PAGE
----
This book presents the history of the automobile and its evolution.
The 19th century is marked by unparalleled advances in science and its applications to the industrial arts. The automobile is looked upon as an ultra progressive idea. The records, however, show that the subject engrossed the attention of inventive minds many hundreds of years ago. In fact, as far back as the beginning of the thirteenth century a Franciscan monk named Roger Bacon prophesied that the day would come when boats and carriages would be propelled by machinery.
The first authentic record of a self-propelled carriage dates back to the middle of the sixteenth century. The inventor was Johann Haustach, of Nuremburg. The device is described as a chariot propelled by the force of springs, and it is said that it attained a speed of two thousand paces per hour, about one mile and a quarter. Springs have been tried by many inventors since that time, but always without success from the simple fact that the amount of energy that can be stored in a spring is practically insignificant.
In 1763 a Frenchman by the name of Cugnot devised a vehicle that was propelled by steam, and a few years after the date of his first experiment, constructed for the French Government a gun carriage which is shown in Fig. 1. As will be seen, the design was of the tricycle type, and it was intended to mount the gun between the rear wheels. The boiler, which resembles a huge kettle, hung over the front end and was apparently devoid of a smoke stack. Motion was imparted to the front wheel by means of a ratchet. Although this invention is very crude, it must be regarded as meritorious if we consider that it was made before the steam engine had been developed in a successful form for stationary purposes.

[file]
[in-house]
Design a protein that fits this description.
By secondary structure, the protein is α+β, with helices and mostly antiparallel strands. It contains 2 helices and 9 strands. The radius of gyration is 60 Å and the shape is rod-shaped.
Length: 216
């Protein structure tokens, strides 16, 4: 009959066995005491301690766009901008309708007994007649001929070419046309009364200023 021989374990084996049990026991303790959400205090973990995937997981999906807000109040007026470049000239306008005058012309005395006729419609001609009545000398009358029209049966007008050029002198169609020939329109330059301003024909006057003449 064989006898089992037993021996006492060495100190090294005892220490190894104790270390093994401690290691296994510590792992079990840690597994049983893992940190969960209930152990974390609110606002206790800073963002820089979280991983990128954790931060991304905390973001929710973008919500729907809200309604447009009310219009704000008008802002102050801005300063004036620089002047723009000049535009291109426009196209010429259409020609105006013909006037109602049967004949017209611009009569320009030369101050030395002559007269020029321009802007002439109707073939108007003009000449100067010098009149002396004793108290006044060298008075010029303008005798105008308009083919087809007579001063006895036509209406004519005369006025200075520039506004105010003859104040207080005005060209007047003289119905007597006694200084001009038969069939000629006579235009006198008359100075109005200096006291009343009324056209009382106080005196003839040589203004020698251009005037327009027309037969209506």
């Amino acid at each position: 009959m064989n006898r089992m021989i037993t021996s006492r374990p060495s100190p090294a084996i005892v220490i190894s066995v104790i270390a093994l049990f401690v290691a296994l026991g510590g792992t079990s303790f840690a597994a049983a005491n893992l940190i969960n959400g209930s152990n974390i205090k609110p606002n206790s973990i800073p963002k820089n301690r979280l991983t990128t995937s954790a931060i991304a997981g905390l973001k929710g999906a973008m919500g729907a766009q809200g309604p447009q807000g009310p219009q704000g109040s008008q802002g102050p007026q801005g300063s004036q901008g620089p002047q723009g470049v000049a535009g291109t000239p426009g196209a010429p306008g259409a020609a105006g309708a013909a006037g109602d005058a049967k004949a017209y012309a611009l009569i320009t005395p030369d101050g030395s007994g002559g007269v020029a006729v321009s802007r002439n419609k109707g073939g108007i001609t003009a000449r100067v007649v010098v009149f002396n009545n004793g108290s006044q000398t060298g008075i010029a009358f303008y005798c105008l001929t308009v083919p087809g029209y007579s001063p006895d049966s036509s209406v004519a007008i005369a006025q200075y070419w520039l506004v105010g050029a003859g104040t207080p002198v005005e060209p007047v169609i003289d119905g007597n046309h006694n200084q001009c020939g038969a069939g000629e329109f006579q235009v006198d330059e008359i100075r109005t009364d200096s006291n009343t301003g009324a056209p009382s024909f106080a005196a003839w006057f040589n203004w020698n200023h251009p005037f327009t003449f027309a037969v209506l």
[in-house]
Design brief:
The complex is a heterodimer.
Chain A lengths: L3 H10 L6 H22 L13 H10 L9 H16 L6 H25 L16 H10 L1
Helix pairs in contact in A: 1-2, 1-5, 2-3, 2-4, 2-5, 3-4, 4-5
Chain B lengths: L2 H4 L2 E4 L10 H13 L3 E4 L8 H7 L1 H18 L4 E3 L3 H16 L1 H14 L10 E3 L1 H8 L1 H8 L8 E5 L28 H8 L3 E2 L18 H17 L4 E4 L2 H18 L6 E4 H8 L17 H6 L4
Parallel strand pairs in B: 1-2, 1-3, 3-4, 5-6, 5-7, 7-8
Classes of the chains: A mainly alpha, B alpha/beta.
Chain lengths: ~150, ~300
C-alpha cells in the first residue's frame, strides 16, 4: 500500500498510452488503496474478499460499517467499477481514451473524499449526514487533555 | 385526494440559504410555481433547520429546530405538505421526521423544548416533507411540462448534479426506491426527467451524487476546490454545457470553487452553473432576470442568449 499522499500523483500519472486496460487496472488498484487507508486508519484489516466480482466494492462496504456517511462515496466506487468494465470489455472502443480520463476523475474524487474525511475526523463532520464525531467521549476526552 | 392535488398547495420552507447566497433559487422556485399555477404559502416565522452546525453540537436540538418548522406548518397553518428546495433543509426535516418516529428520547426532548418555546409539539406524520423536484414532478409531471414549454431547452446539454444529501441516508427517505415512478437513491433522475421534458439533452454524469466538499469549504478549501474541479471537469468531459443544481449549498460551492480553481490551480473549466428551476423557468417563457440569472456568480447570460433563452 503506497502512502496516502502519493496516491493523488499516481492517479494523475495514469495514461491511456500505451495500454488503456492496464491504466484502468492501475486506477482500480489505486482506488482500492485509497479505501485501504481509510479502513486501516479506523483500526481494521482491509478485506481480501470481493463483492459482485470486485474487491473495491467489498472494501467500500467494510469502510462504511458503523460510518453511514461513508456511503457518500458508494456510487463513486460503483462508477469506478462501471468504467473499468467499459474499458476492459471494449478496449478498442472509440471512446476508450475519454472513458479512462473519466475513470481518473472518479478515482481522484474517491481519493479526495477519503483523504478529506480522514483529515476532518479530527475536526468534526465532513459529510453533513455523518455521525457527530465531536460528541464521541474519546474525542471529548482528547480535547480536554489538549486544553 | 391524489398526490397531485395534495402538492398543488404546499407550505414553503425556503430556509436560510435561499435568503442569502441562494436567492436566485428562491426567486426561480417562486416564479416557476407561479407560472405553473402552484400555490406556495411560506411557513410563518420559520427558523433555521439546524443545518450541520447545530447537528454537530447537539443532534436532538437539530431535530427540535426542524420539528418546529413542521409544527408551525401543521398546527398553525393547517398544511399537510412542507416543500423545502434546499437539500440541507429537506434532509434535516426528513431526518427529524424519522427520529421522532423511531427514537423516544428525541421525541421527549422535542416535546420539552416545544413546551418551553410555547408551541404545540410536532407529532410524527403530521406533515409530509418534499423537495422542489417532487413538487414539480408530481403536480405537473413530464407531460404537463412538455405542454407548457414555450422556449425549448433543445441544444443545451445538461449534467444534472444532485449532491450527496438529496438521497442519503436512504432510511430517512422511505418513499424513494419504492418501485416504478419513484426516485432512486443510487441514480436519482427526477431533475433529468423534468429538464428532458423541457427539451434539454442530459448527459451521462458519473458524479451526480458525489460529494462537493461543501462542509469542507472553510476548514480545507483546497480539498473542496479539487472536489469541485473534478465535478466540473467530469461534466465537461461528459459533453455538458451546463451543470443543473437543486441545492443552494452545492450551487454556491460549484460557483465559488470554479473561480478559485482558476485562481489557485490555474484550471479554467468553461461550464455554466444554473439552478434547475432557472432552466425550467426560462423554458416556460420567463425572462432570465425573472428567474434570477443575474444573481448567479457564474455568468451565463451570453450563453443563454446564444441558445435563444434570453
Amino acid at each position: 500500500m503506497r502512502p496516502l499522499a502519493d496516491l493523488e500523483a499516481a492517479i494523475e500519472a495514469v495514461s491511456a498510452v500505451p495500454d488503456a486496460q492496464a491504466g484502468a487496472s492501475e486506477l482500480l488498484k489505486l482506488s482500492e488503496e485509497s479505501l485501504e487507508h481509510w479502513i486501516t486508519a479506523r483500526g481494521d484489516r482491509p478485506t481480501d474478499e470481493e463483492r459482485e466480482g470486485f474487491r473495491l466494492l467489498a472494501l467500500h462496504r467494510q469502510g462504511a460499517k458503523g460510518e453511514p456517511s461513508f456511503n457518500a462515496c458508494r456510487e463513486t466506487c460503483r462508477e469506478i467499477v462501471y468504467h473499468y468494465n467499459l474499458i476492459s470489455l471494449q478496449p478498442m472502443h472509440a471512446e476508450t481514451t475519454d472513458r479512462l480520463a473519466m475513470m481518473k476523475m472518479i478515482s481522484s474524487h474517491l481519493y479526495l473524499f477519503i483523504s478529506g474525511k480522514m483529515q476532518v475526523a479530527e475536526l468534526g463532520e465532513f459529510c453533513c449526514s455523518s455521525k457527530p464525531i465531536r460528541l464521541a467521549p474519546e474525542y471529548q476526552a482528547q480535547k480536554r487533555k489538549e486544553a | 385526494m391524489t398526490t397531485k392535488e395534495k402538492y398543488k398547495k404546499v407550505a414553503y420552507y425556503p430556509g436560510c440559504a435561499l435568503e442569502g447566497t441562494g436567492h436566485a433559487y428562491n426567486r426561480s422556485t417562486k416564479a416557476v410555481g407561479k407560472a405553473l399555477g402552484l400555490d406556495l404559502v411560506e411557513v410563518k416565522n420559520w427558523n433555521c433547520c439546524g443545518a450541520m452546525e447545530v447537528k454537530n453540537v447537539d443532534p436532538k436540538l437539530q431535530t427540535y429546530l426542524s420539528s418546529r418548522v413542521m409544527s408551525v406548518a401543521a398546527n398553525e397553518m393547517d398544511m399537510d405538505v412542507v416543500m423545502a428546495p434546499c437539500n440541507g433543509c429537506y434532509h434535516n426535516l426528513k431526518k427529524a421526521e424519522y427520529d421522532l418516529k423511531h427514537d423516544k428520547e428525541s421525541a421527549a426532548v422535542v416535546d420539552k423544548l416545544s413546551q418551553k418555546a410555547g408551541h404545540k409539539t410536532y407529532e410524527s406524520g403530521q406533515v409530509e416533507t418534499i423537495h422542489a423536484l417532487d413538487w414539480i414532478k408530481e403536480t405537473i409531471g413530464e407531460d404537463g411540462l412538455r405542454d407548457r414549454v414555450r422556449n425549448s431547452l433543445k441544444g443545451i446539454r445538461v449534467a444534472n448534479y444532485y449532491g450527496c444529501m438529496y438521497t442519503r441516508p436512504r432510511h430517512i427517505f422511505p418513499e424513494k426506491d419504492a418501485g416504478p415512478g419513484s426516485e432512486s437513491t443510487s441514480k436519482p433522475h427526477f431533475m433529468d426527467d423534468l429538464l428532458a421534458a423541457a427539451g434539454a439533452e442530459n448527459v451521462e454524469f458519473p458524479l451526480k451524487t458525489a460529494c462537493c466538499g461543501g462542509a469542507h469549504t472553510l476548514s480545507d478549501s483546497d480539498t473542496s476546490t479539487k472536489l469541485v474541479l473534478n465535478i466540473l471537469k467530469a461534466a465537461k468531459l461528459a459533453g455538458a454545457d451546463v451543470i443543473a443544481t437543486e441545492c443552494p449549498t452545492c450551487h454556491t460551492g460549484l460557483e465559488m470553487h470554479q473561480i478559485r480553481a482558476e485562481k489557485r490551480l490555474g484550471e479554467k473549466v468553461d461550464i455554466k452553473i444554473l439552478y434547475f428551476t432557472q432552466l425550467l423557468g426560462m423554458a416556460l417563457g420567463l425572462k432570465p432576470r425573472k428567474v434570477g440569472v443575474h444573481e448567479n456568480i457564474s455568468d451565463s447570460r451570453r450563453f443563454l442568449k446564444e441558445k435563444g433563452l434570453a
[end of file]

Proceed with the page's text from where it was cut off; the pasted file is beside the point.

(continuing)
The next effort to solve the problem was made by W. Symington in the year 1784, the carriage devised by him being illustrated in Fig. 2. This coach, although pretentious in appearance, was crude mechanically, but it actually ran. The service, however, was not what could be called satisfactory.
In 1803, Richard Trevithick brought out the carriage shown in Fig. 3, which could run. but was artistically a failure. Moreover, the machinery was such as would soon give out, even if well designed, on account of its exposed position.
Between 1805 and 1830, quite a number of steam vehicles were invented and put into practical operation...